Moorabool Shire Council - Civic Hub
"Fearless" by Anuradha Patel and Velislav Georgiev
On 10 July, Moorabool Shire Council held a community and candidate information session to encourage and inform anyone considering standing for local government on 27 October this year.
Being a local councillor isn’t always a popular and highly sought after elected position. In Moorabool, the workload is estimated to be about 20 hours a week. In return each councillor receives an allowance of approximately $25,000 per year plus some provision for childcare, a phone and computer – with the Mayor being paid significantly more in recognition of the additional demands of that role.
On the ground, the workload of individual councillors is often much greater. The hours are taxing and hostility from aggrieved community members can be a considerable problem.
Moorabool Shire is currently represented by 7 councillors, elected within a 4-ward system that divides the electorate into Central Moorabool, East Moorabool, West Moorabool and Woodlands.
Only a handful of community members attended the Shire’s candidate information session, with the majority originating in East Moorabool Ward, which includes Bacchus Marsh and surrounds. East Moorabool will have at least two women contesting this election: Margaret Wohlers-Scarff and Tonia Dudzik.
Sadly, there appeared to be no new candidates for West Moorabool and Woodlands at the information session and only one new candidate for Central Moorabool Ward: Ballan resident Brian Meadows.
Moorabool Shire Council - Ballan Office
This post focuses on the Central Moorabool Ward. The next post will cover the new and incumbent candidates in the East Moorabool Ward.
In Central Moorabool, Brian Meadows, a retired systems engineer, says he intends to run on a “back to basics and first things first” platform, which he interprets as safe roads and pavements, “keeping rates as low as they can be” and encouraging small business.
One of Many New Buildings on New Housing Estates - Hogans Road Ballan
Meadows believes that money shouldn’t be wasted and nominated the chessboard paving outside the Ballan Mechanics’ Institute as an example of waste. He looks to business and other private patrons to support the arts.
Mechanics' Institute Before the Streetworks
Mechanics' Institute After the Streetworks
"Moorabool Earth Totem" by Peter Blizzard
(chessboard paving between the sculpture in the foreground and benches behind)
Mr Meadows was not familiar with the specifics of Council’s existing policies and policy gaps, but said that he would be listening to the community to generate ideas and would be “available and accessible”. If elected, he plans to hold regular meetings where community members will be encouraged to come and chat.
Central Moorabool’s incumbent councillor, Philip Flack, says he is yet to decide whether he will stand for re-election.
Modern Local Government
Calls for a return to a focus on roads, pavements and rates are relatively common during local government elections, but they would seem to be at odds with the work of leading a contemporary shire or municipality.
Councils have a legislative mandate that obliges them to be concerned with society alongside their concern with dollar value and the provision of physical infrastructure for pedestrians and drivers.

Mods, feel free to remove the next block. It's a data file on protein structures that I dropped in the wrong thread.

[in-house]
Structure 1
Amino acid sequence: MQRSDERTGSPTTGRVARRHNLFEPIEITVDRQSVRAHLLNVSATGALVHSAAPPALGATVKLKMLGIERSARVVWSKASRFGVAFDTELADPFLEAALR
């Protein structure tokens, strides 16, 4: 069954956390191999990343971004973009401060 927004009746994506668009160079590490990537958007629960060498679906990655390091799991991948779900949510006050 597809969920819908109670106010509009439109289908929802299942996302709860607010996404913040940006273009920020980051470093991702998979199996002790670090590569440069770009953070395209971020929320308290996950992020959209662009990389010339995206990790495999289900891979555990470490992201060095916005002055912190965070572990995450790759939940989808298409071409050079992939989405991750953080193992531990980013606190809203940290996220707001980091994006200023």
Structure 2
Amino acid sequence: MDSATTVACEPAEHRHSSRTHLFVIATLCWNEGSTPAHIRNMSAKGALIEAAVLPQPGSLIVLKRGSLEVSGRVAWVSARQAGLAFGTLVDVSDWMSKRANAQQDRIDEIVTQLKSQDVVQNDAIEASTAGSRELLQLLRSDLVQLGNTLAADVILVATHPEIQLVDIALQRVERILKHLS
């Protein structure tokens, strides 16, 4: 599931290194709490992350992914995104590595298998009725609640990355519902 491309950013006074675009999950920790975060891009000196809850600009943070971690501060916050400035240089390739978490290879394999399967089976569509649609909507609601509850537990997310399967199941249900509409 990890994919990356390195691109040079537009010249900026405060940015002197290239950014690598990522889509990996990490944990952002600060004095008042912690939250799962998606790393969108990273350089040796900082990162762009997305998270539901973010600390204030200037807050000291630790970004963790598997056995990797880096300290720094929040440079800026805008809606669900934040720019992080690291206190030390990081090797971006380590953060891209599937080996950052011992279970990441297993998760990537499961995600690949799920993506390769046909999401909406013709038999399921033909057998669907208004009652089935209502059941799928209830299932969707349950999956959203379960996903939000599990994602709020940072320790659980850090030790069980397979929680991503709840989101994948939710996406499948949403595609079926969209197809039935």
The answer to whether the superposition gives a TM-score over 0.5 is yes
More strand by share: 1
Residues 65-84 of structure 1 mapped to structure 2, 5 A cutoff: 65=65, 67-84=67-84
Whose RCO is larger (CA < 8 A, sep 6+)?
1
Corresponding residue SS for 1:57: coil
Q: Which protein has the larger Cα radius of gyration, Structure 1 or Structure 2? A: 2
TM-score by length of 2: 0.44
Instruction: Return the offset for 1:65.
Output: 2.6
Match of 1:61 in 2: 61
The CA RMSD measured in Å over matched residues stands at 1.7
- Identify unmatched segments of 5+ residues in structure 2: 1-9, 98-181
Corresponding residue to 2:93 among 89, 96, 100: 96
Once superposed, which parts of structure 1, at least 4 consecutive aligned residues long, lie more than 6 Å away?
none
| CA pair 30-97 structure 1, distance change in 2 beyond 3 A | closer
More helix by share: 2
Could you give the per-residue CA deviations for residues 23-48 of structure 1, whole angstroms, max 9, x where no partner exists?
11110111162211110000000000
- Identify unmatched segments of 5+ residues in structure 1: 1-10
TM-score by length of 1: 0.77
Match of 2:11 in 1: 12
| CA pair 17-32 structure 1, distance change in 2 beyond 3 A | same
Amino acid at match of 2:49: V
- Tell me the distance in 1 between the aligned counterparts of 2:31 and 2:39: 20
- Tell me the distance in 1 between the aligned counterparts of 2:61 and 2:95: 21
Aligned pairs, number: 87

The Act also requires Councils to undertaken social planning, provide a range of services, express community identity and they must have regard to social sustainability, quality of life issues, and equity in access to services.
Moorabool Shire Council operates within a Council Plan under the Local Government Act. The Plan places roads and footpaths and a reduction in reliance upon rates alongside other items. These other items include:
- financial planning
- advocating for better services and facilities
- water access
- children’s and family services
- community facilities
- community empowerment
- support for community projects
- an early years development hub for Wallace
- emergency management
- local prosperity
- local town planning
- managing water and energy consumption, and
- improving service delivery.
Moorabool Shire runs a budget of just under fifty million dollars and operates in a contemporary social and political environment. All of the 7 elected councillors need to be capable of addressing this broad mandate as intelligent, responsible but deeply open-minded decision makers. They represent a diverse urban and rural community and do so in a context where the majority of residents are young families – and young families have high service needs.
Room for More
There are no young people in our current councillor line-up and though the ages of our councillors are unknown, most are clearly over 50. There are no state-wide, age related statistics on local council members, but the relationship between the high workload borne by councillors and the relatively small financial reward means that standing for office is very difficult for anyone other than retirees.
We have no women in our current councillor line-up, although Moorabool has had some wonderful female councillors in the past. The same factors, high workload and low pay, deter women. The acrimony councillors often face from constituents is another major factor in women’s reluctance to run. It’s no surprise that at the State level, women make up less than 30% of Victorian councillors.
As the electoral office doesn’t open for candidate nominations until 20 September there is still plenty of time for new candidates to emerge. In the context of the candidatures of Margaret Wohlers-Scarff and Tonia Dudzik, the climate is building for diversity.
It would be wonderful to see some new candidates standing in the West Moorabool and Woodlands wards and more new candidates in Central Moorabool.
Campaign period - from now until voting closes
Nomination period - 20 September – noon 25 September
Ballot paper mail out - 9-11 October
Voting closes - 6pm 26 October